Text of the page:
During this time frame, the Depot's mission was expanded beyond various types of ammunition, such as rockets, mines, depth charges, torpedoes, to include cast loading facilities. At the end of wartime expansion, magazines, storehouses, production and other buildings covered over 80 square miles.

 

 Hawthorne's semi-isolation location caused numerous obstacles during the early construction years of the Depot. Efficient construction labor was scarce, and material deliveries were uncertain.

 

 The one branch-line railroad serving the station was overtaxed by the freighting of both construction and ammunition materials. Moreover, long-distance truck hauling was handicapped by the conditions of mountain driving.

 

 As practically no accommodations for construction laborers were available in the territory, except the limited facilities of an old CCC Camp, seven 100-man barracks had to be built to augment those facilities. A housing program for civilian personnel was also untaken, which ultimately provided 1225 permanent units and 300 trailers in a community called Babbitt.

 

   The Depot's operations have since been expanded to include extensive ammunition renovation and demilitarization. The proof and testing of rockets and other types of ammunition have also been added.

  On 1 October 1977, the Ammunition Depot in Hawthorne, Nevada ended its 47 year allegiance to the U.S. Navy officially and became the Hawthorne Army Ammunition Plant. Along with NAD Hawthorne the Navy's Ammunition Depot in McAlester, Okla., also became an Army installation. This changeover was the result of a Secretary of Defense directive that ordered the consolidation of all conventional ammunition under the direct control of a Single Manager - which the Army was designated.

  Since December 1, 1980 the Army Ammunition Plant has been operated by civilian company Government Owned-Contract Operated (GOCO) facility with a much smaller work force under Army supervision. Bombs are no longer are built on the base. The only military presence at the base is an Army lieutenant colonel, along with Marine, Army, and Navy that periodically train in the desert.

 


[DD-01] NAD Hawthorne - The date is unknown, however, part of
 the Navy Complex is shown in the lower left of the picture.

 

All of the Navy complex that was constructed during the WWII period has been completely removed. The only remaining evidence that there was such a complex is some of the concrete foundations. This complex had included messing facilities, theater, laundry, office spaces, etc.  The inside gym and swimming pool was located on the main base where it still remains. As the first sailors to report to Hawthorne in December 1950, they lived and messed with the Marines. About April or May the Navy crew of MN and TM started refurbishing one of the old barracks and the grounds. After the first barracks was suitable for living we moved to "Navy Side"  but always used the Marine Mess. For the breakfast and dinner meals we were required to form up and march to the mess. This was because we had to pass through the Main Gate.  I remember that the Marine CO had a lot to do with the way we went through the Main Gate. Later, other structures were refurbished to accommodate personnel office, training and another barracks. The dispensary located on Main Side had always been manned by doctors, nurses and corpsman for support of the depot.  These pictures depict the type of structures and approximate size of the complex.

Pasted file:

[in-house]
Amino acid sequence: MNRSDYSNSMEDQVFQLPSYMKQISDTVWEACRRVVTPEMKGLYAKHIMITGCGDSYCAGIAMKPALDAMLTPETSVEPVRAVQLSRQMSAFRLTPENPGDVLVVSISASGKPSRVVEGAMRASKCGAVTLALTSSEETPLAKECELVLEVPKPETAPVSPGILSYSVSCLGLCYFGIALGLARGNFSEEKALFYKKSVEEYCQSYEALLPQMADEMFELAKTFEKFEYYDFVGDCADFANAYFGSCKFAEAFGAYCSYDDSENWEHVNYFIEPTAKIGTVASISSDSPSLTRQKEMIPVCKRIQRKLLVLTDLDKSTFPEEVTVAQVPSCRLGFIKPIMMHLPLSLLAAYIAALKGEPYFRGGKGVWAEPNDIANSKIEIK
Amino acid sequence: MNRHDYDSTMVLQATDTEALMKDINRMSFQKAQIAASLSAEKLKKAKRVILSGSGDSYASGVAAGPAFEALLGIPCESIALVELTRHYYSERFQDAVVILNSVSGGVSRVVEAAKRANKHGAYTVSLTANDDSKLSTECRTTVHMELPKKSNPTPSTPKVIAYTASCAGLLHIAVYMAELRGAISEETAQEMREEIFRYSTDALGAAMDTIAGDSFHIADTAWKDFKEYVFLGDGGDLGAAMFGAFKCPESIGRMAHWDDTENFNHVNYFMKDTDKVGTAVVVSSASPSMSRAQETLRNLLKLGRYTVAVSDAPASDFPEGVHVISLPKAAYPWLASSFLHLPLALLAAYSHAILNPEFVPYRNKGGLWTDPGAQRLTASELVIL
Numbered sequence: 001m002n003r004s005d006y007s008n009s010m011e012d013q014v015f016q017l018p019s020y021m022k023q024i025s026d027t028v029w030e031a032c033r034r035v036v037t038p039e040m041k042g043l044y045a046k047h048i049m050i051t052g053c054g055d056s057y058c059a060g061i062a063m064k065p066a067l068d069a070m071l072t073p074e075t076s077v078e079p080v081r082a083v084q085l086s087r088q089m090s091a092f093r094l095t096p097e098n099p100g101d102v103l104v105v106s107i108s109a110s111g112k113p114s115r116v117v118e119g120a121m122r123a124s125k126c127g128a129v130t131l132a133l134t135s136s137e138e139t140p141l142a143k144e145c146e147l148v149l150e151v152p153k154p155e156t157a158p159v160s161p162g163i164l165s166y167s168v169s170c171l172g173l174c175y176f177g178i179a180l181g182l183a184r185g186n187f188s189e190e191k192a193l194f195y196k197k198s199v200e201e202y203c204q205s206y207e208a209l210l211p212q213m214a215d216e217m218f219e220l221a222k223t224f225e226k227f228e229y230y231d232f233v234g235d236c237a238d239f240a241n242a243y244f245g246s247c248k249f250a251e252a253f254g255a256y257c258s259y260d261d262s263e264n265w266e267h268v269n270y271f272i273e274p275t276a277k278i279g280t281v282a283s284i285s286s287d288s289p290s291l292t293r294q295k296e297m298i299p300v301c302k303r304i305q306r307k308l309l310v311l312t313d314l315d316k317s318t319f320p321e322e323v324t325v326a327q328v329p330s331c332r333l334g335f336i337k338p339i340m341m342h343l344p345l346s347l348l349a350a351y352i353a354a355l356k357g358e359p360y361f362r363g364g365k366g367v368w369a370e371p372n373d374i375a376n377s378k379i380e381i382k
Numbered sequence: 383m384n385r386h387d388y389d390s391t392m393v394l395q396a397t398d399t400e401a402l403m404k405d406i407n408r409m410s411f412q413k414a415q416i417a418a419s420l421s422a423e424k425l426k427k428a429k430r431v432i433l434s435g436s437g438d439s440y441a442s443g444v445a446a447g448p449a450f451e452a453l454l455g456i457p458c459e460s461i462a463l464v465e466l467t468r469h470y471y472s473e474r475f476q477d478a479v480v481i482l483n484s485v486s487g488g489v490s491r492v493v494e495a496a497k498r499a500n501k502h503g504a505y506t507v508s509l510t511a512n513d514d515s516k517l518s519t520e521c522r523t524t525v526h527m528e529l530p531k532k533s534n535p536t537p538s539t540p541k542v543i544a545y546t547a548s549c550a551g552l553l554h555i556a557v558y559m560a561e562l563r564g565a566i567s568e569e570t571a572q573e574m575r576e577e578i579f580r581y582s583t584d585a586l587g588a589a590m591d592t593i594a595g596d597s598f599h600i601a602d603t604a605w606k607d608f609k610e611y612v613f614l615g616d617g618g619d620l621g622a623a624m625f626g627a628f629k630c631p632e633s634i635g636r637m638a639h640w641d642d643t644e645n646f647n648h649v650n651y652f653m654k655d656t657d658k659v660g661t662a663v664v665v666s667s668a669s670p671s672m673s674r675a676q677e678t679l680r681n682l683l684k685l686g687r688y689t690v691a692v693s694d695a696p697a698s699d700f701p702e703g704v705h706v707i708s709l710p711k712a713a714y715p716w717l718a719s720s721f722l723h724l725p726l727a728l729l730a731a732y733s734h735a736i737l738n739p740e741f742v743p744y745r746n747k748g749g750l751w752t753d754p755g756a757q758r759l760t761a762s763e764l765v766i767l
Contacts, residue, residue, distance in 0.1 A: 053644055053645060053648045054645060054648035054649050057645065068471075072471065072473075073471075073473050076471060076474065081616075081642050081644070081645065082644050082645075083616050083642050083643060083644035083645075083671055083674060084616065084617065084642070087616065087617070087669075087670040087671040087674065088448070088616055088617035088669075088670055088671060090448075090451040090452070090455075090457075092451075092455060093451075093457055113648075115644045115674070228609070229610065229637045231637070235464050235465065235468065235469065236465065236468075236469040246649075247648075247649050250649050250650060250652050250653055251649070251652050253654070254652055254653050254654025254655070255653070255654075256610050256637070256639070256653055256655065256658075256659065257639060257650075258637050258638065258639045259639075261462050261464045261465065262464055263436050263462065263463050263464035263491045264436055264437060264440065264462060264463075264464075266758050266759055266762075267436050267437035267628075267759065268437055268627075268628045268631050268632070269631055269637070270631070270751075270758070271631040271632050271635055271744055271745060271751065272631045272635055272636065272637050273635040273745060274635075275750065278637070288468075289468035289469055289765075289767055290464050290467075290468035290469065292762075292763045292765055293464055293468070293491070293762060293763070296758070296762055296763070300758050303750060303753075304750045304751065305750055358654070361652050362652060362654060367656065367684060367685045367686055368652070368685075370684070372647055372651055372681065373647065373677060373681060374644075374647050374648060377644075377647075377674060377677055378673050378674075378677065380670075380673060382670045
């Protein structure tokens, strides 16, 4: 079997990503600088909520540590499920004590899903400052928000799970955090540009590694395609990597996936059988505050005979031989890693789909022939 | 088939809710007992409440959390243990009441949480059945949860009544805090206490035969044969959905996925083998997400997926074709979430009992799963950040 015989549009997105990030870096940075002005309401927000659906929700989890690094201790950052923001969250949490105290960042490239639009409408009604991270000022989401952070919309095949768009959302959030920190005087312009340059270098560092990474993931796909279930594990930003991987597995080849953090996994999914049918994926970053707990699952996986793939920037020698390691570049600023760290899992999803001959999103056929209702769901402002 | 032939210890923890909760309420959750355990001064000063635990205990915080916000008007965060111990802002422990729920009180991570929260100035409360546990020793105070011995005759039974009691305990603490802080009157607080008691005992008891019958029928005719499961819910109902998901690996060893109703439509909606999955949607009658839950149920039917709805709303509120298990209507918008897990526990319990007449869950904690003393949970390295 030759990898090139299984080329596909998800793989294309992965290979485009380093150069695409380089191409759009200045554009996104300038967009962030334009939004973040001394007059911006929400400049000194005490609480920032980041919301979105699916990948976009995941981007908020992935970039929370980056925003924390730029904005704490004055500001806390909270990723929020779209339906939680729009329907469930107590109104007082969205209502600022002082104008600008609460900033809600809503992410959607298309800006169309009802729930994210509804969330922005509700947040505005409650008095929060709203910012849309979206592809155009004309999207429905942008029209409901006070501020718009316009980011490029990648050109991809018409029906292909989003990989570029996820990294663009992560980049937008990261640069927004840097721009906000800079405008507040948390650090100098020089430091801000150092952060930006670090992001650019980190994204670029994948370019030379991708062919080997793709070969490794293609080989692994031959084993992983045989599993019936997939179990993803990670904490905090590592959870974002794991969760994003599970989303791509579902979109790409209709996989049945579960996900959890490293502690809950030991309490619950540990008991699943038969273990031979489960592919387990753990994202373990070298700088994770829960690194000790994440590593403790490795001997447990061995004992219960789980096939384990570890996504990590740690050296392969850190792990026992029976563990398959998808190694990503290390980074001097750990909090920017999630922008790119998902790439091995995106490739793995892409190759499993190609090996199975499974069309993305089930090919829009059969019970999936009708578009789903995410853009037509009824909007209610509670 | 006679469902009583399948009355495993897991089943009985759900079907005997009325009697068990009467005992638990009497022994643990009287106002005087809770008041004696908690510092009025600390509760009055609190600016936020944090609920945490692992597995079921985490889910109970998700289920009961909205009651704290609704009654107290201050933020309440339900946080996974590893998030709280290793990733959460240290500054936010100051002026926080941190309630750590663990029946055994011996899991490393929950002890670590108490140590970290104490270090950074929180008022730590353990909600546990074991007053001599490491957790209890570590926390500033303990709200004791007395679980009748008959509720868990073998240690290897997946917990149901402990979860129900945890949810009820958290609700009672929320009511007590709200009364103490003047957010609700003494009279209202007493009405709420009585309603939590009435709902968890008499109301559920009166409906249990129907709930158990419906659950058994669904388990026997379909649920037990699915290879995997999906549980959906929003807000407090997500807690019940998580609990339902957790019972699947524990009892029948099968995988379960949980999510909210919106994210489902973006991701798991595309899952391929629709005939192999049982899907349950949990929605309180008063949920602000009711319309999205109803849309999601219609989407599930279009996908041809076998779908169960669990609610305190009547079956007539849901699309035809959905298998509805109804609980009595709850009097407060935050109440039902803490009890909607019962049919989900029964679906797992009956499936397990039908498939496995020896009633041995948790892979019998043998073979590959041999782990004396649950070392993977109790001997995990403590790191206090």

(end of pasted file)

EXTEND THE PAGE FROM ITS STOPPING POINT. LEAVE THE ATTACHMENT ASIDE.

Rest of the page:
[DD-02] Row upon row of storage buildings, which add up to more than two million square feet of space, make up the majority of the Hawthorne Army Ammunition Plant's 250 square miles of land, upon which NUWES' Detachment is a tenant. These particular buildings, which are maintained by NUWES, are framed by Nevada's Wassuc Mountains.

 

 


[DD-03] Mk 6 mines fill Mine Assembly Building 104-6

 

 


[DD-04] Mk 16 mines are also worked on in Mine Assembly Building 104-6

 

 


[DD-05] In the 104 area Mine shop, Supervisor Ben Busby, holds a K-4 Firing Mechanism.

 

 

 


Officer's Quarters ca late 1930's-early 1940's

Photo courtesy of Virginia Usnick <vusnick@unlv.nevada.edu>


 

Hawthorne Ammunition Depot celebrates 82nd birthday


By Heidi Bunch
Special to the Lahontan-Valley News - Tuesday, October 2, 2012
 


U.S. Navy archives This was the mine assembly building at the Navy Ammunition Depot (now Hawthorne Army Depot).

 


 
Two weeks ago marked the 82nd anniversary of the opening of the Hawthorne Ammunition Depot.

It is fitting at this time that we reflect on a bit of history pertaining to the Depot that has been part of the lives of many Hawthorne and central Nevada residents — including workers from Fallon — for many years.

The Depot, which employs witnessed the good and bad times that the base saw from World War II through the present time.

The following bit of history was taken from the NAD Rocket issue of Sept. 12, 1952 (when they were celebrating their 22nd birthday of the depot):